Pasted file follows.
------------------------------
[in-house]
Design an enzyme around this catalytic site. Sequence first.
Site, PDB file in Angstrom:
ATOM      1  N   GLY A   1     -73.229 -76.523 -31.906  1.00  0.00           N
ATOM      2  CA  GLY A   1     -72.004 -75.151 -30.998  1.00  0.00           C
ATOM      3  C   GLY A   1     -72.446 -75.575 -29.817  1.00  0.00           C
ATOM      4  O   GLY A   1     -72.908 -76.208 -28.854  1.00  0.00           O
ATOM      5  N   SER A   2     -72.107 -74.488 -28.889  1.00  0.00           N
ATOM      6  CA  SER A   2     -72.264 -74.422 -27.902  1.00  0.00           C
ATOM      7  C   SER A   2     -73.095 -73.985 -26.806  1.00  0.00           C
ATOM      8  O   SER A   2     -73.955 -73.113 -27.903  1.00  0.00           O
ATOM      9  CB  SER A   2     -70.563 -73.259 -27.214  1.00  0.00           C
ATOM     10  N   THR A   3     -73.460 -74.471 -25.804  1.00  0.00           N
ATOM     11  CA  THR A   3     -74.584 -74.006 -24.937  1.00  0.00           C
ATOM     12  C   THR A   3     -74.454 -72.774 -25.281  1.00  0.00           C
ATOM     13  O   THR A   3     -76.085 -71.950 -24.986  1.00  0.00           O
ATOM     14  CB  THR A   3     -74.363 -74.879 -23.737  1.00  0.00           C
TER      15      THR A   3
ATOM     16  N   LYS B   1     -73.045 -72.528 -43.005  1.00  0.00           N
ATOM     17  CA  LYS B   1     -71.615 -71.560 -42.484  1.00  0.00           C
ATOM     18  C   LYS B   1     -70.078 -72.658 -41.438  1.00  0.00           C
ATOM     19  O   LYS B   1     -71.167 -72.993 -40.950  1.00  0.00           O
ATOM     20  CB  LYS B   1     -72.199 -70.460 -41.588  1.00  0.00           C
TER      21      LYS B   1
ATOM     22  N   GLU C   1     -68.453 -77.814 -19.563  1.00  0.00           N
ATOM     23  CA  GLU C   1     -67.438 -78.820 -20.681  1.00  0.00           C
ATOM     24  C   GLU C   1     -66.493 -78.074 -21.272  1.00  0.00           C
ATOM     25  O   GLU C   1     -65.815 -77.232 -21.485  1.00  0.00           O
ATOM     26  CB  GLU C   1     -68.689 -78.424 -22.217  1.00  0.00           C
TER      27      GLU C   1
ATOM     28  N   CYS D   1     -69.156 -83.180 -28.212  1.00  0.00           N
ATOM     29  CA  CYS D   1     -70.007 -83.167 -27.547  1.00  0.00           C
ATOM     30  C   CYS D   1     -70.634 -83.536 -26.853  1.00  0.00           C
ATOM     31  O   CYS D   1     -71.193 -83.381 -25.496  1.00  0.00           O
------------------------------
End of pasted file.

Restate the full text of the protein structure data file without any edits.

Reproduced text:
[in-house]
Design an enzyme around this catalytic site. Sequence first.
Site, PDB file in Angstrom:
ATOM      1  N   GLY A   1     -73.229 -76.523 -31.906  1.00  0.00           N
ATOM      2  CA  GLY A   1     -72.004 -75.151 -30.998  1.00  0.00           C
ATOM      3  C   GLY A   1     -72.446 -75.575 -29.817  1.00  0.00           C
ATOM      4  O   GLY A   1     -72.908 -76.208 -28.854  1.00  0.00           O
ATOM      5  N   SER A   2     -72.107 -74.488 -28.889  1.00  0.00           N
ATOM      6  CA  SER A   2     -72.264 -74.422 -27.902  1.00  0.00           C
ATOM      7  C   SER A   2     -73.095 -73.985 -26.806  1.00  0.00           C
ATOM      8  O   SER A   2     -73.955 -73.113 -27.903  1.00  0.00           O
ATOM      9  CB  SER A   2     -70.563 -73.259 -27.214  1.00  0.00           C
ATOM     10  N   THR A   3     -73.460 -74.471 -25.804  1.00  0.00           N
ATOM     11  CA  THR A   3     -74.584 -74.006 -24.937  1.00  0.00           C
ATOM     12  C   THR A   3     -74.454 -72.774 -25.281  1.00  0.00           C
ATOM     13  O   THR A   3     -76.085 -71.950 -24.986  1.00  0.00           O
ATOM     14  CB  THR A   3     -74.363 -74.879 -23.737  1.00  0.00           C
TER      15      THR A   3
ATOM     16  N   LYS B   1     -73.045 -72.528 -43.005  1.00  0.00           N
ATOM     17  CA  LYS B   1     -71.615 -71.560 -42.484  1.00  0.00           C
ATOM     18  C   LYS B   1     -70.078 -72.658 -41.438  1.00  0.00           C
ATOM     19  O   LYS B   1     -71.167 -72.993 -40.950  1.00  0.00           O
ATOM     20  CB  LYS B   1     -72.199 -70.460 -41.588  1.00  0.00           C
TER      21      LYS B   1
ATOM     22  N   GLU C   1     -68.453 -77.814 -19.563  1.00  0.00           N
ATOM     23  CA  GLU C   1     -67.438 -78.820 -20.681  1.00  0.00           C
ATOM     24  C   GLU C   1     -66.493 -78.074 -21.272  1.00  0.00           C
ATOM     25  O   GLU C   1     -65.815 -77.232 -21.485  1.00  0.00           O
ATOM     26  CB  GLU C   1     -68.689 -78.424 -22.217  1.00  0.00           C
TER      27      GLU C   1
ATOM     28  N   CYS D   1     -69.156 -83.180 -28.212  1.00  0.00           N
ATOM     29  CA  CYS D   1     -70.007 -83.167 -27.547  1.00  0.00           C
ATOM     30  C   CYS D   1     -70.634 -83.536 -26.853  1.00  0.00           C
ATOM     31  O   CYS D   1     -71.193 -83.381 -25.496  1.00  0.00           O